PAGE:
Clemson University biologist Samantha Price will study fish and scales as a part of her National Science Foundation Early Faculty Career Development Award, but probably not in the way you’re thinking.
Price, an assistant professor in the Department of Biological Sciences, won’t be researching why some fish have scales and some don’t.
Instead, Price and her student researchers will study body shapes of teleost fish, a large and extremely diverse group of ray-finned fish, to determine whether studies conducted on closely related species at small phylogenetic scales translate to other scales.
The NSF CAREER Award is among the most prestigious in the nation for early-career faculty who have the potential to serve as academic role models in research and education and to lead advances in their field.
Price’s lab works to identify the processes that generate the incredible diversity of life on earth, not just in terms of the number of species but also what they look like — the weird and wonderful forms and patterns that they have evolved. In this five-year, $1.26 million project, Price and her students will collect a vast amount of morphological data on small and large phylogenetic scales and run the same analyses to see if the results are identical, predictable or random.
Like a family tree connects a person and their relatives, the phylogeny reveals relationships between species. Some are very closely related — you and your siblings on your family tree, and dogs and wolves on the phylogenetic tree of life. Some are more distantly related — you and your 10th cousin on your family tree, and dogs and foxes or even dogs and cats on the phylogenetic tree.
“There’s a common ancestor, but you’ve got to go back many generations in terms of your family tree and many millions of years in the case of the phylogeny,” Price said. “I want to know if studies conducted on very closely related species at small phylogenetic scales can provide insights into evolution at larger scales and vice versa.”
Price chose teleost fish, which comprise approximately half of all vertebrate species, because she had data on 6,000 species of teleost fish from a previous NSF grant she could build upon.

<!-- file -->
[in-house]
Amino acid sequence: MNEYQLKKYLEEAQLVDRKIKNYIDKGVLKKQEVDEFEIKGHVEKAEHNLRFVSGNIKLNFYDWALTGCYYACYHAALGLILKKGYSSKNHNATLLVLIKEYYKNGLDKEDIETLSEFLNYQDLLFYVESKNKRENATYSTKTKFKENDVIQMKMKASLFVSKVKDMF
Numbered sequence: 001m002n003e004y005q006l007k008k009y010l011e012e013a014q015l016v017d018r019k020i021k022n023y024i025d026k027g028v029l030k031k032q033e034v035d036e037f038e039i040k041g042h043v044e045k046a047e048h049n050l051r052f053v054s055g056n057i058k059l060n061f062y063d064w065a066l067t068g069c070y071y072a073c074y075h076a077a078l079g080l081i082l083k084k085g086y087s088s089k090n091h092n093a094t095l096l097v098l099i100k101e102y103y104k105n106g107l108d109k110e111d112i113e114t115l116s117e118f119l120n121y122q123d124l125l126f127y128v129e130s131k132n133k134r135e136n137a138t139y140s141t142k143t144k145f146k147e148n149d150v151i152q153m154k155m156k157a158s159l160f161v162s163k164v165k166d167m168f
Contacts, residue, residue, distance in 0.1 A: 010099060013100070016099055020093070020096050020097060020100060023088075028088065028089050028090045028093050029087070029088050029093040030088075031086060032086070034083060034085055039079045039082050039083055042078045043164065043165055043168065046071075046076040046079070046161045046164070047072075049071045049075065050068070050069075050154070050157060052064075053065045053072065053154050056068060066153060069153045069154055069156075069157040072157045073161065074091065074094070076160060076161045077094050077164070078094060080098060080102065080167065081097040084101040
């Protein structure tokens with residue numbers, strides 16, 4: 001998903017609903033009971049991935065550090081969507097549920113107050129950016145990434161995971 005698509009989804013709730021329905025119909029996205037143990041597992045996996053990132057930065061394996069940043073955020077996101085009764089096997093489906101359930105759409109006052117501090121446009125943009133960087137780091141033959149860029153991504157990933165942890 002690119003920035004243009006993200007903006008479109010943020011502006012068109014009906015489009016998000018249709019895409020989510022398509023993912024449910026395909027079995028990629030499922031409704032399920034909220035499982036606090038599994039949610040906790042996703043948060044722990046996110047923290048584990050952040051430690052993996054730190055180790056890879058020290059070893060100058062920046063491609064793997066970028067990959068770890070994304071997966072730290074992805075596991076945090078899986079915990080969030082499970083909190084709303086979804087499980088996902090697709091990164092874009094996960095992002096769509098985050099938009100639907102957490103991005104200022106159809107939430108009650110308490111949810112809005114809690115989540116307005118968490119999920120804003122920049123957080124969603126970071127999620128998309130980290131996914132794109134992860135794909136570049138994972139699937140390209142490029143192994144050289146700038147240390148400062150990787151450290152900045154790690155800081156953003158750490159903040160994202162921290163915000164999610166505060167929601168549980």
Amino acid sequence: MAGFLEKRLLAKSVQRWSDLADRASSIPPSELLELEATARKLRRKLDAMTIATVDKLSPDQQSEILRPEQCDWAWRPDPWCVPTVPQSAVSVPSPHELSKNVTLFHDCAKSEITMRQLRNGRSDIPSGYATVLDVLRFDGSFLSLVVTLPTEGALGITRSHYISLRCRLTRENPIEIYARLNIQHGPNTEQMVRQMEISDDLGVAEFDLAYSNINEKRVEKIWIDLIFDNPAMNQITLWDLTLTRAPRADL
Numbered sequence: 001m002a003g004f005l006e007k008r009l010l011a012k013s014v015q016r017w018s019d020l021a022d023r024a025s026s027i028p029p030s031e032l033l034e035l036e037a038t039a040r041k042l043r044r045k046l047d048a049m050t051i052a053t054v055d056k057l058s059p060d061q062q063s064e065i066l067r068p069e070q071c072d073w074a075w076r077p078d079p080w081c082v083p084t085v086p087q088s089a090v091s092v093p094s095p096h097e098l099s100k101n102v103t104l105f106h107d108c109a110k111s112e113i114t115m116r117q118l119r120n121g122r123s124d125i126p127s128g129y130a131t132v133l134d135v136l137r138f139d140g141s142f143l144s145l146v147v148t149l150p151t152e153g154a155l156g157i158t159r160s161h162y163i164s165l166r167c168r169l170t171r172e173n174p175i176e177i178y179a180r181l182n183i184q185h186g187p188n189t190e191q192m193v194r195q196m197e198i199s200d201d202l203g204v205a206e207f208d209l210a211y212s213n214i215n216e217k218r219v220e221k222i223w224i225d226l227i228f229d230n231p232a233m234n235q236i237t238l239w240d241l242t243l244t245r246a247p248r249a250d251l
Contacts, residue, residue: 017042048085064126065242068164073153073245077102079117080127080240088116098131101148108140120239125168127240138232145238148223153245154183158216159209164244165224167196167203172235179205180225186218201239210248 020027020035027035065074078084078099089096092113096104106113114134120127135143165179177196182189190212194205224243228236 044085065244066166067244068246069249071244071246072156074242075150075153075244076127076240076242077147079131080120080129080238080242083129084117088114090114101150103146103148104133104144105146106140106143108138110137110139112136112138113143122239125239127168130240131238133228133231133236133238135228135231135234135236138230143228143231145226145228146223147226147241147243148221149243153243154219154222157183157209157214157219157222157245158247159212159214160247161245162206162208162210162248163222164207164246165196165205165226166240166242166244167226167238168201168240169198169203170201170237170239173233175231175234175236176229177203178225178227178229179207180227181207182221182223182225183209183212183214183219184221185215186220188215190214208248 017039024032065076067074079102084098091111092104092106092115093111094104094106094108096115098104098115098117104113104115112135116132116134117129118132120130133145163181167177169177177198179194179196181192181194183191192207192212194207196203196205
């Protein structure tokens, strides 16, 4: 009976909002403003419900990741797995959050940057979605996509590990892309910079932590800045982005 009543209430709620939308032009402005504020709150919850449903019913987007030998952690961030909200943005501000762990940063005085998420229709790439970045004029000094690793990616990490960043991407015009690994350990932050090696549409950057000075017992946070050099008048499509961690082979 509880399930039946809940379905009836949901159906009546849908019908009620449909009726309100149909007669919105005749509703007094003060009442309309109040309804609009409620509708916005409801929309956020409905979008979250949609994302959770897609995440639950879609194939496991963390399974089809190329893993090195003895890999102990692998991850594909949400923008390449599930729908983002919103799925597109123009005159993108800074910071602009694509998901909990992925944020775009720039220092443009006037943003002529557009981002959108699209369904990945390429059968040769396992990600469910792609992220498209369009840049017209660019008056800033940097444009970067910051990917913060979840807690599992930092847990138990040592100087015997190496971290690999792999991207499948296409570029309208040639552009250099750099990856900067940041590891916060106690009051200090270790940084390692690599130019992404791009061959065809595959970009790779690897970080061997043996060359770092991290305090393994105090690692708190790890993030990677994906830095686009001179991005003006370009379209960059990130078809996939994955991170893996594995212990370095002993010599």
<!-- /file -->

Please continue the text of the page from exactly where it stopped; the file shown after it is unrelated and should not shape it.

“I had the very broad patterns already. We had spent seven months in museums measuring 16,000 specimens, so I had a really good basis to start. Now, I’m going to go and measure all species within certain genera and within certain families to create those smaller scales,” she said.
Price and her students will add measurements and photographs of 17,500 additional specimens from around 4,500 species. The specimens are part of the Smithsonian Institution’s fish collection, one of the largest in the world.
The researchers will measure the length, depth and width of the fishes’ head, body and tail.
“The width is important. Our current work showed that the width is highly variable. That’s one of the main axes which differ in shape. That’s why it’s important to actually go and measure them as well as take the photos,” she said.
The research will help researchers better understand the rules that govern the evolution of biodiversity.
“Although rarely acknowledged, it is currently assumed that the conclusions identified at one scale can be applied to all other scales. However, this critical assumption is yet to be validated,” said Price, a macroevolutionary biologist who usually works at very large scales.
Price continued, “This will have broad implications for synthesizing results across fields that work at different scales and in particular, the ability to connect studies on fossils and living organisms.”
NSF CAREER grants must have an educational component. Price plans to develop new labs that provide undergraduates with hands-on experience doing original research. Over the course of a semester, students would develop projects, collect data from the vertebrate and entomology collections on campus and digitized collections from other museums, and analyze the data to identify patterns within and between species.
“I am so thrilled that Dr. Price received this NSF CAREER award because it provides a foundation for a successful career in research and education. Her research investigating the evolution of biodiversity within vertebrate animals fits perfectly with our department’s mission to integrate across biological scales ‘from molecules to ecosystems,’ and her development of an advanced Classroom-based Undergraduate Research Experience (CURE) lab will be a first for the department,” said Department of Biological Sciences Chair Saara DeWalt.
The College of Science pursues excellence in scientific discovery, learning and engagement that is both locally relevant and globally impactful. The life, physical and mathematical sciences converge to tackle some of tomorrow’s scientific challenges, and our faculty are preparing the next generation of leading scientists. The College of Science offers high-impact transformational experiences such as research, internships and study abroad to help prepare our graduates for top industries, graduate programs and health professions. clemson.edu/science
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